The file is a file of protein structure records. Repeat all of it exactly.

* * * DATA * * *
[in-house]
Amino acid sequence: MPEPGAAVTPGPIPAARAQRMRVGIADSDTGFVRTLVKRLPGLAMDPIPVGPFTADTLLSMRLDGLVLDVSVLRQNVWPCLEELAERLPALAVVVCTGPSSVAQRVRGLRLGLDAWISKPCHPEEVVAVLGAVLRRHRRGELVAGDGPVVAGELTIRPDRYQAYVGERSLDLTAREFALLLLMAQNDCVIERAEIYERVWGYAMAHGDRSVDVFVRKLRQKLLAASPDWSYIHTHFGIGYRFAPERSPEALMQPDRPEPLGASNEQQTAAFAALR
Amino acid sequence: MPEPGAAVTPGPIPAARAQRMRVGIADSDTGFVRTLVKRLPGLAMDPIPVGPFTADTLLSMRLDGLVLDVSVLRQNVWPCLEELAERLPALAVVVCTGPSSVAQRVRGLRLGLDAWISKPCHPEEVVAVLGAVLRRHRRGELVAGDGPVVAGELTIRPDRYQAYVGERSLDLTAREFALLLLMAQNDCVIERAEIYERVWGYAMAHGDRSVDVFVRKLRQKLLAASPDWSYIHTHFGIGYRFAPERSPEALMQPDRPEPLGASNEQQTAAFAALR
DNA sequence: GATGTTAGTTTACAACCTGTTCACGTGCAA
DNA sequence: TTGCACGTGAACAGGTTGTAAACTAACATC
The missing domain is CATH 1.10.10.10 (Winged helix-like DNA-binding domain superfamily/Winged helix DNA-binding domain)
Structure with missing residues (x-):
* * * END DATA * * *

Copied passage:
[in-house]
Amino acid sequence: MPEPGAAVTPGPIPAARAQRMRVGIADSDTGFVRTLVKRLPGLAMDPIPVGPFTADTLLSMRLDGLVLDVSVLRQNVWPCLEELAERLPALAVVVCTGPSSVAQRVRGLRLGLDAWISKPCHPEEVVAVLGAVLRRHRRGELVAGDGPVVAGELTIRPDRYQAYVGERSLDLTAREFALLLLMAQNDCVIERAEIYERVWGYAMAHGDRSVDVFVRKLRQKLLAASPDWSYIHTHFGIGYRFAPERSPEALMQPDRPEPLGASNEQQTAAFAALR
Amino acid sequence: MPEPGAAVTPGPIPAARAQRMRVGIADSDTGFVRTLVKRLPGLAMDPIPVGPFTADTLLSMRLDGLVLDVSVLRQNVWPCLEELAERLPALAVVVCTGPSSVAQRVRGLRLGLDAWISKPCHPEEVVAVLGAVLRRHRRGELVAGDGPVVAGELTIRPDRYQAYVGERSLDLTAREFALLLLMAQNDCVIERAEIYERVWGYAMAHGDRSVDVFVRKLRQKLLAASPDWSYIHTHFGIGYRFAPERSPEALMQPDRPEPLGASNEQQTAAFAALR
DNA sequence: GATGTTAGTTTACAACCTGTTCACGTGCAA
DNA sequence: TTGCACGTGAACAGGTTGTAAACTAACATC
The missing domain is CATH 1.10.10.10 (Winged helix-like DNA-binding domain superfamily/Winged helix DNA-binding domain)
Structure with missing residues (x-):